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When you are part of building an empire how can you ever say goodbye? Jim Hamblin is trying to do just that as he enters retirement.

Hamblin worked alongside Bob Hufford for 30 years to build Country Mart into the 37-store company it is today. 

"When I came with Bob in 1988 I think we had 33 stores and we got up to 45 stores in the 30 years I was with him," Hamblin said. "The pure growth there was unbelievable."

Hamblin said he began his career as a carry-out boy at Consumers Market in Springfield. He continued to live and raise his family there.

"I applied for a job with him (Hufford)," Hamblin said. "I was close to broke, I wasn't broke but I was close to it, so then I called Bob." 

Hamblin said the duo had worked together at Consumers Market years before and had connections through the wholesaler.

Hamblin began working for the company in 1988 in Dexter but as the company blossomed Hufford decided he needed Hamblin closer to the Fredericktown store so Hamblin moved to Farmington. 

While Hamblin worked for Hufford he said he was more than a boss.

"Bob has treated me unbelievable," Hamblin said. "Bob was my boss but he was also my very best friend and that doesn't happen very often when your best friend is your boss."

Hamblin said the two had a relationship where they could disagree with each other but that they never left the workplace mad at each other.

"Bob always said the thing he liked the most about me was I'd say 'no,'" Hamblin said. "He'd say 'I've got a lot of yes guys and you're the only 'no' guy I've got and I appreciate that.'"

That honest and straight-forward mindset left Hamblin in a few situations over the years that he would later find had a huge impact on the people around him.

"I got a lot of cards in the past two weeks, a bunch of them made me cry," Hamblin said. "The impact I had on people that I didn't even realize."

Hamblin said one of the cards he received was from a woman that said, "you probably don't remember me but you made me cry."

"No, I didn't remember but she said 'well I didn't cry a lot, I had tears in my eyes but when I went to the car I bawled,'" Hamblin said. "I told her that she wasn't doing her job and I wasn't going to do it for her."

Hamblin said it sounded like something he would have said and was happy to hear the woman say that his words helped motivate her and she was recently promoted.

"She said 'well I went home and I really cried that night. I woke up the next morning and I said he's right and I started doing my job and I got promoted because of you,'" Hamblin said. 

Hamblin said the woman thanked him for even though he made her cry it was worth it because she needed to hear it.

"I literally got thousands of cards like that," Hamblin said. "I've been in business long enough and I never like to see girls cry."

Hamblin recalled one instance with a checker named Carol who was taking longer than some of her peers.

"I pulled her into the office to tell her she wasn't doing a very good job checking and she started to cry," Hamblin said. "She was a grandma and I thought to myself you can't make a grandma cry. Grandmas are special people and there are no bad grandmas."

Hamblin said he went home and told his wife Virginia about the incident and said, "I don't think you can get into heaven if you make a grandma cry."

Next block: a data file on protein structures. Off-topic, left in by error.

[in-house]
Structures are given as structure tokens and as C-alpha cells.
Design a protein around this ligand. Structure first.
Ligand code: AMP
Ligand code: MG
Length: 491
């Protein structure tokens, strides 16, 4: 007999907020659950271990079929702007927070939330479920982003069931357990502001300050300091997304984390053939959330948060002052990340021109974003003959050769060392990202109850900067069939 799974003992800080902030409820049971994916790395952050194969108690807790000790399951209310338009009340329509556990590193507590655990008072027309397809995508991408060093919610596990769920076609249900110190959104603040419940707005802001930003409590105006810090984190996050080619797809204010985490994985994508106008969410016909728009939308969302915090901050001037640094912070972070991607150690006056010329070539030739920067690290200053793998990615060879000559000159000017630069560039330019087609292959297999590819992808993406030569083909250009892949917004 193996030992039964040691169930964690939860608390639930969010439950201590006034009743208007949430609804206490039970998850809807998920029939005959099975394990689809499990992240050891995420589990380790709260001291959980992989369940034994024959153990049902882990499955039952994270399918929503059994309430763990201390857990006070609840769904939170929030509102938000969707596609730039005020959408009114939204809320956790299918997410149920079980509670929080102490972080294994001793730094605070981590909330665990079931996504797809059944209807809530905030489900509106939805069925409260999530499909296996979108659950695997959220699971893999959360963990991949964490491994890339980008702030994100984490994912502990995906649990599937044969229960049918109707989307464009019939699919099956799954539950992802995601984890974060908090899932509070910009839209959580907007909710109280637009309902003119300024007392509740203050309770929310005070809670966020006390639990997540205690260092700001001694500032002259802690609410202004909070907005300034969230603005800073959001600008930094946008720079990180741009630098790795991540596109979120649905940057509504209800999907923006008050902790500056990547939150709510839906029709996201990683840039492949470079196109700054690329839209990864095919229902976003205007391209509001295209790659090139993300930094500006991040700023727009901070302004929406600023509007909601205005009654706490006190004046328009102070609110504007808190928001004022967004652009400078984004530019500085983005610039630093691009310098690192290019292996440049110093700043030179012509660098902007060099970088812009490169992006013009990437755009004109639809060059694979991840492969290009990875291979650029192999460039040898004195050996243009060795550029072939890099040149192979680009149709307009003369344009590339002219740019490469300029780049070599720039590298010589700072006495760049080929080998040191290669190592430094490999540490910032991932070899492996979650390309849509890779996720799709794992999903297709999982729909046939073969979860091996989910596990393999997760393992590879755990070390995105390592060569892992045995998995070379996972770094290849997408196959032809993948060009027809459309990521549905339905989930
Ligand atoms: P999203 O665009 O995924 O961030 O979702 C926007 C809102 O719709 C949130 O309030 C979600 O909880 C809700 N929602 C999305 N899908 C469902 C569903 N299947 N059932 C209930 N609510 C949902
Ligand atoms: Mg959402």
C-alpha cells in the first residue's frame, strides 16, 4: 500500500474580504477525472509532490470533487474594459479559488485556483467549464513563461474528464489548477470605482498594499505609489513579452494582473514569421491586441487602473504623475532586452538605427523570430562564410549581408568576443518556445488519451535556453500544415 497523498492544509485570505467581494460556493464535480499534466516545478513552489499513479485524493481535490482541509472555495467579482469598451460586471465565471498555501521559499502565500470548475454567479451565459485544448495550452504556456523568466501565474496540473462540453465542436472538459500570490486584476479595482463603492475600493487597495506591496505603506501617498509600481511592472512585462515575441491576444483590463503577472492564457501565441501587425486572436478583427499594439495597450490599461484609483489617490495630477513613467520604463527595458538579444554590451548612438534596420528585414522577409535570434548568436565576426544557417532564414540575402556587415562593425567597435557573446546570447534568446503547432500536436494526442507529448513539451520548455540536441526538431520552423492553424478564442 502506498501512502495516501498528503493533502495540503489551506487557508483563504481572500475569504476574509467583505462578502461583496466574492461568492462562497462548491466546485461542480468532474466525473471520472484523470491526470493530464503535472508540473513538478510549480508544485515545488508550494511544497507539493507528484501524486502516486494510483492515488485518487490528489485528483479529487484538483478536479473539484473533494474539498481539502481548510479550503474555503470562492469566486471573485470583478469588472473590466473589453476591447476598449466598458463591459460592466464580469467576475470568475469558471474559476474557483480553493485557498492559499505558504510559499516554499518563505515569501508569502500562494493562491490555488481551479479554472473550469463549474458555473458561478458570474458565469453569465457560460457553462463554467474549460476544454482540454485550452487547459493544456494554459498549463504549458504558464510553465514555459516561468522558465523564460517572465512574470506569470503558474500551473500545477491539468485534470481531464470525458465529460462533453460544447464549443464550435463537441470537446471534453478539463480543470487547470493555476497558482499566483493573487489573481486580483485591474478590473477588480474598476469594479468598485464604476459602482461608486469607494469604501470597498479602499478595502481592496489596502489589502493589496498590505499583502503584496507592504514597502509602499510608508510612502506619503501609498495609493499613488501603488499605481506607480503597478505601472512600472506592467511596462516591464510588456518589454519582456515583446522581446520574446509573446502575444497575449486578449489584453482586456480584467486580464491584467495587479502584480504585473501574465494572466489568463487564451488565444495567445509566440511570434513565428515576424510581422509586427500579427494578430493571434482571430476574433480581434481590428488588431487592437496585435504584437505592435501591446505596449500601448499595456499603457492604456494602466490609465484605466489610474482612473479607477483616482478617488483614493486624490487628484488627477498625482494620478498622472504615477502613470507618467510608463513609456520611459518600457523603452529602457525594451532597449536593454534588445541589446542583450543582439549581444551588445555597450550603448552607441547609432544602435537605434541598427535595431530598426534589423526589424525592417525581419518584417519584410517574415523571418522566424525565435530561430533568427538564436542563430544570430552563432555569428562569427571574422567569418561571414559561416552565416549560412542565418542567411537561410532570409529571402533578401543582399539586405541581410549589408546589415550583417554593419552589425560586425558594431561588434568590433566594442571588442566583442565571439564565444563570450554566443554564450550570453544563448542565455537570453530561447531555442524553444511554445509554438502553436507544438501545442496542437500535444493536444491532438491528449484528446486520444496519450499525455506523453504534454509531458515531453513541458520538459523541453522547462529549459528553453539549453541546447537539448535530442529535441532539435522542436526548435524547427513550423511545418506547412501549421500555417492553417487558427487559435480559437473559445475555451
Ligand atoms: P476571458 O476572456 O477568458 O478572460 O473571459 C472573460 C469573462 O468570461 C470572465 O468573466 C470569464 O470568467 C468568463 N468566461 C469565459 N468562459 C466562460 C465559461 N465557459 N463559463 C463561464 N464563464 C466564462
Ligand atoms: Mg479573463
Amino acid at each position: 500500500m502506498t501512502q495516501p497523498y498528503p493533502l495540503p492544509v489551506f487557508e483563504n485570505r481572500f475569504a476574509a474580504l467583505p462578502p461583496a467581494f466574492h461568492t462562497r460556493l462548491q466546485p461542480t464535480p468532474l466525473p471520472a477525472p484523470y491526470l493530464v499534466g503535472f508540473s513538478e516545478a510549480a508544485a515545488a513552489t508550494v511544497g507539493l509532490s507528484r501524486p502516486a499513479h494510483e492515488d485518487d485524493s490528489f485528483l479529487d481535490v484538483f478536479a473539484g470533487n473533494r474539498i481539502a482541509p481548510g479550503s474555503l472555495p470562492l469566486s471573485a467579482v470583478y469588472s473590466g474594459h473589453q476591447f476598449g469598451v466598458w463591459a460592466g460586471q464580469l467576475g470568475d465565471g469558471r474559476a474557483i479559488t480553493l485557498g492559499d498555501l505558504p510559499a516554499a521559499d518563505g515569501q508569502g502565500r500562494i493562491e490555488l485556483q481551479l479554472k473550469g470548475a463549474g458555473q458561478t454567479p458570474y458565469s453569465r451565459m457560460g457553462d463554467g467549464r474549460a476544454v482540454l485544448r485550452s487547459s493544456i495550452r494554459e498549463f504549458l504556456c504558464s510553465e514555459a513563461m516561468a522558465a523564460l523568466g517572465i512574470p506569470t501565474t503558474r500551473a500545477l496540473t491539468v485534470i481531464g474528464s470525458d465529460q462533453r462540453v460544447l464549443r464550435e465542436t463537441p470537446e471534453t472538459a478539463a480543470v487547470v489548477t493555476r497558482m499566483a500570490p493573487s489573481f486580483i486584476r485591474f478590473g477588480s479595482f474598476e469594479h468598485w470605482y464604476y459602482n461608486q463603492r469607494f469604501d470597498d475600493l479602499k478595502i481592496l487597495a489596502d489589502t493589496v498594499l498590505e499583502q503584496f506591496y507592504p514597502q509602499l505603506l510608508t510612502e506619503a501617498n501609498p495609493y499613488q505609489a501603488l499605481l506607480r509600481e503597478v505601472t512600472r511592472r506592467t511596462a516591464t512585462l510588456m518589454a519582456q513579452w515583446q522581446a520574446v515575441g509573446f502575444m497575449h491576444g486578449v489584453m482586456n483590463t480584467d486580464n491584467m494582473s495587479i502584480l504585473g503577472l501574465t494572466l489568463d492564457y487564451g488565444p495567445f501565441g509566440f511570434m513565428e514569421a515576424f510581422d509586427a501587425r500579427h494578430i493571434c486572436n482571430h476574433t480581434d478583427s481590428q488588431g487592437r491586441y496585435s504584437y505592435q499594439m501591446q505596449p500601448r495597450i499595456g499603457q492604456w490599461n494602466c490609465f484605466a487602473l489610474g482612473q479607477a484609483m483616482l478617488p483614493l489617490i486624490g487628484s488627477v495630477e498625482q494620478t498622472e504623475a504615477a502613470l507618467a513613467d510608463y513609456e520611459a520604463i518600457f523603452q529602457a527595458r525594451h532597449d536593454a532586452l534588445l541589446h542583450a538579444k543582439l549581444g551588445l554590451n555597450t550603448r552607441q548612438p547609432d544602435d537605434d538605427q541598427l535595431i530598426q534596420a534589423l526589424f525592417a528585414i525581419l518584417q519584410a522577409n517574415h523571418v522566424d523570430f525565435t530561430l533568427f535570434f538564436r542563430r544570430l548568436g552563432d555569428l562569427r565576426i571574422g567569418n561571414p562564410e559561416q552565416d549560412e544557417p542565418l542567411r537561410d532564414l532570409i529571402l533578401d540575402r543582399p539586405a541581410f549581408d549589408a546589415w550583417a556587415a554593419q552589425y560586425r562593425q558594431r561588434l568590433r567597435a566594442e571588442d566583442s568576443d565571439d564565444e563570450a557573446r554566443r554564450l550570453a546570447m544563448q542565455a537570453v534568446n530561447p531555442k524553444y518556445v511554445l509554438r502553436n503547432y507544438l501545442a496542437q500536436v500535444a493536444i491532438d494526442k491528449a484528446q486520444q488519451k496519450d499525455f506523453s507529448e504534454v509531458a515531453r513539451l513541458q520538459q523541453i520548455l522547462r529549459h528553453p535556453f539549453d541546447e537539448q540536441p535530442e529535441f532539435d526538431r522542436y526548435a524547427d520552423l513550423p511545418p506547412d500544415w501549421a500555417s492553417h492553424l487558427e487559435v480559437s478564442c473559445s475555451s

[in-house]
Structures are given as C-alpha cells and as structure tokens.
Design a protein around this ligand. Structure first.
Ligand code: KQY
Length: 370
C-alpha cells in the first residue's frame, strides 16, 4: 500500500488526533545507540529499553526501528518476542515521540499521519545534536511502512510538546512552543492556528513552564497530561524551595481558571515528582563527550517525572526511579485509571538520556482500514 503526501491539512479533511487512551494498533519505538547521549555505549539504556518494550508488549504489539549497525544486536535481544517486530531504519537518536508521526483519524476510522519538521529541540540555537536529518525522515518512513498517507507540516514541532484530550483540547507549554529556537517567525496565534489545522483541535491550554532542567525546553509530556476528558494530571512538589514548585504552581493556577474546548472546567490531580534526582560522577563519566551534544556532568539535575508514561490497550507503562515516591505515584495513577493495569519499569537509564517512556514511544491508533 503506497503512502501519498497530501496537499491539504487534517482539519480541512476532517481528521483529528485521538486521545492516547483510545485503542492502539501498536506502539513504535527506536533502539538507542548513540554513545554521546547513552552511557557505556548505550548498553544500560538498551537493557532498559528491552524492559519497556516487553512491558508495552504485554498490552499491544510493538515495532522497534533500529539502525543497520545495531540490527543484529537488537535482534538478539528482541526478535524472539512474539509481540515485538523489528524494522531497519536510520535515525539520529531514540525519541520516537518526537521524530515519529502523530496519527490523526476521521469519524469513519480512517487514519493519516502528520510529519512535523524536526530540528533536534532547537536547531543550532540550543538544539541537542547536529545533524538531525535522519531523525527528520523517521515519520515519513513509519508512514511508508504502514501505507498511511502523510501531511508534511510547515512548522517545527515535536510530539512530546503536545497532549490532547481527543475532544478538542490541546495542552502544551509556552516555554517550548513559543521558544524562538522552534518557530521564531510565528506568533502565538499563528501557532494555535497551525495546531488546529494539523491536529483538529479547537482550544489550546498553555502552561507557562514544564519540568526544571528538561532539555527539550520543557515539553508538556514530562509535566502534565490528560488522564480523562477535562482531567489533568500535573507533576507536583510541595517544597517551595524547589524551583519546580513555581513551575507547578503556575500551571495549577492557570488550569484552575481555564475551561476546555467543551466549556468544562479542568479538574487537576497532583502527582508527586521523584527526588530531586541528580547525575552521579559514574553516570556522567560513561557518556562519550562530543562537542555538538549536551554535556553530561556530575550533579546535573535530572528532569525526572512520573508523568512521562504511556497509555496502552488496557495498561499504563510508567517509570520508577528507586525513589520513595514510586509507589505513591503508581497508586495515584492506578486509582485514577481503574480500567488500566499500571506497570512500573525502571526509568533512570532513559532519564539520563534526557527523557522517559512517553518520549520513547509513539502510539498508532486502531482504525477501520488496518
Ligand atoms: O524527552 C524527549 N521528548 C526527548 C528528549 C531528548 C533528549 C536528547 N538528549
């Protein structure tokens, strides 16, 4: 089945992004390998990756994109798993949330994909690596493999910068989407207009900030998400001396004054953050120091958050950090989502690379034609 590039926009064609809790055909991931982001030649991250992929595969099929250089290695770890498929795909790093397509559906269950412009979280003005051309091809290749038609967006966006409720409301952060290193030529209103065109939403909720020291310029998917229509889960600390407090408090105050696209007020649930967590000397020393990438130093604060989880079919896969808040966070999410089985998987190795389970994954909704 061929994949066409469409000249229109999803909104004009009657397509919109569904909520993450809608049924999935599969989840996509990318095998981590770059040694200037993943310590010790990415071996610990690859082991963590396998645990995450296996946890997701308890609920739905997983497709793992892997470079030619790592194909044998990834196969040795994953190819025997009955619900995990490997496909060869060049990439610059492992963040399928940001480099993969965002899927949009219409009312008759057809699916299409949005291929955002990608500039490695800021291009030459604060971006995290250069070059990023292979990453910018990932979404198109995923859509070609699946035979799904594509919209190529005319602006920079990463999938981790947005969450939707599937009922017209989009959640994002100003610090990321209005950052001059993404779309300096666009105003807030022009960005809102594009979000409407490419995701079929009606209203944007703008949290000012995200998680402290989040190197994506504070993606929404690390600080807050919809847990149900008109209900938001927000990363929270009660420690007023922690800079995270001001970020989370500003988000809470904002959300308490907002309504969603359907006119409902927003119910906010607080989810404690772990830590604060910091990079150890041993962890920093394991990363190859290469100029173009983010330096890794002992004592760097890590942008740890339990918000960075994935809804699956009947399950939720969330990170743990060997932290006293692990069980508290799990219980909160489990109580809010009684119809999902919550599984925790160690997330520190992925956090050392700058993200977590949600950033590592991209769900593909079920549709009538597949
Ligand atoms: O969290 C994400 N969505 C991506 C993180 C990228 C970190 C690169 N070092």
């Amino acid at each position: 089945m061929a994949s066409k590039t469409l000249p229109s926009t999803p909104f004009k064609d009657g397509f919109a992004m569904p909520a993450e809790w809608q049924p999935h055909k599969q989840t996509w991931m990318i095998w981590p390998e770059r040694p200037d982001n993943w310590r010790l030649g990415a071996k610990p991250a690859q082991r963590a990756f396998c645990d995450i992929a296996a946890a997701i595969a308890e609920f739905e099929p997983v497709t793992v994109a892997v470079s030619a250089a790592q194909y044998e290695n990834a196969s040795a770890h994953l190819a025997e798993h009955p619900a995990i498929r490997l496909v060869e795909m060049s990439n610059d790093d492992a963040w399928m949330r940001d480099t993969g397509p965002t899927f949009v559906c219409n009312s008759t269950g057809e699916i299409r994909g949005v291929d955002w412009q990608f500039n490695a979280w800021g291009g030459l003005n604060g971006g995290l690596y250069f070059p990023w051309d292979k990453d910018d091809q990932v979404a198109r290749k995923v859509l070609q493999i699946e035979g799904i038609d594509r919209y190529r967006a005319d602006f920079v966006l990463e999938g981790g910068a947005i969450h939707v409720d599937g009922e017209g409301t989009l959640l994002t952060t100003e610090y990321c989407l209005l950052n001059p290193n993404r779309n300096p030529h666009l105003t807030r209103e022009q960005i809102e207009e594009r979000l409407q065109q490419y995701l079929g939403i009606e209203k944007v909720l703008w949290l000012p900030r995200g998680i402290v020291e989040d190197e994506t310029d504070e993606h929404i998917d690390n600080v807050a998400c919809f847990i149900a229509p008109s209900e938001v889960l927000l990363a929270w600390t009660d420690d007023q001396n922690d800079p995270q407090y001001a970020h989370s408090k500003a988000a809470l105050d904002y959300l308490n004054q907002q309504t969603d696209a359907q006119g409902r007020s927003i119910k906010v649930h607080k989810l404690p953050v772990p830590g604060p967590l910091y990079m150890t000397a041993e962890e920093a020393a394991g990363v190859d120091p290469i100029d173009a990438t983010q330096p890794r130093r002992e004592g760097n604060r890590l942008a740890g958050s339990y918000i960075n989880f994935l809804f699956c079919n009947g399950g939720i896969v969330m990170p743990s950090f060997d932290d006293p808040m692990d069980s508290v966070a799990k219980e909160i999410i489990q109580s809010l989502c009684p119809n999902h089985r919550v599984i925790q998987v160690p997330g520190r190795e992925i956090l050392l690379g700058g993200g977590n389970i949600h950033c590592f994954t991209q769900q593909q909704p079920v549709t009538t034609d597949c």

"What she was doing was very simple when I would bring her out a roll of quarters or pennies she would count every one of them," Hamblin said. "Well the customers standing in line didn't like that because they wanted to be checked out."

Hamblin said he explained it to her and she said she understood but that she had been checking since before he was born.

"That was an absolute fact," Hamblin said. "She'd been in the business and I'm telling her she doesn't know what to do when she's been doing this since before I was born. You live and learn and I got to become very good friends with her."

Hamblin said what he will miss the most is the people and the relationships he has made with fellow staff members and vendors.

"We just had a managers meeting, my last one," Hamblin said. "They was all there and we realized there were some that I have known for 30 years and I'll probably never see them again and that's sad."

While he is looking forward to retirement and said he knows it is the right time but this part was emotional for Hamblin as he knows he is going to miss everyone.

Hamblin's plans for the future will be filled with dance recitals, school plays and sporting events as he and his wife Virginia plan their move to Olathe, Kansas, to be closer to their daughter and grandchildren.

"Max is my pride and joy," Hamblin said. "My daughter was 42 when she had Max 123 days early, cost somewhere between 5 and 7 million dollars and he died 5 times. He had nine operations and now he is eight years old."

Hamblin said if it were not for the kindness of a stranger donating her breast milk Max would not have survived his premature birth. Max's story helped to show Hamblin, his whole family and the world how important life, family and every precious moment is.

"It has been unbelievable to see all the changes the company has gone through over the years," Hamblin said. "I'm ready to retire and I'm anxious to retire but I'm going to miss everyone."

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Victoria Kemper is a reporter for the Daily Journal. She can be reached at 573-783-3366 or at


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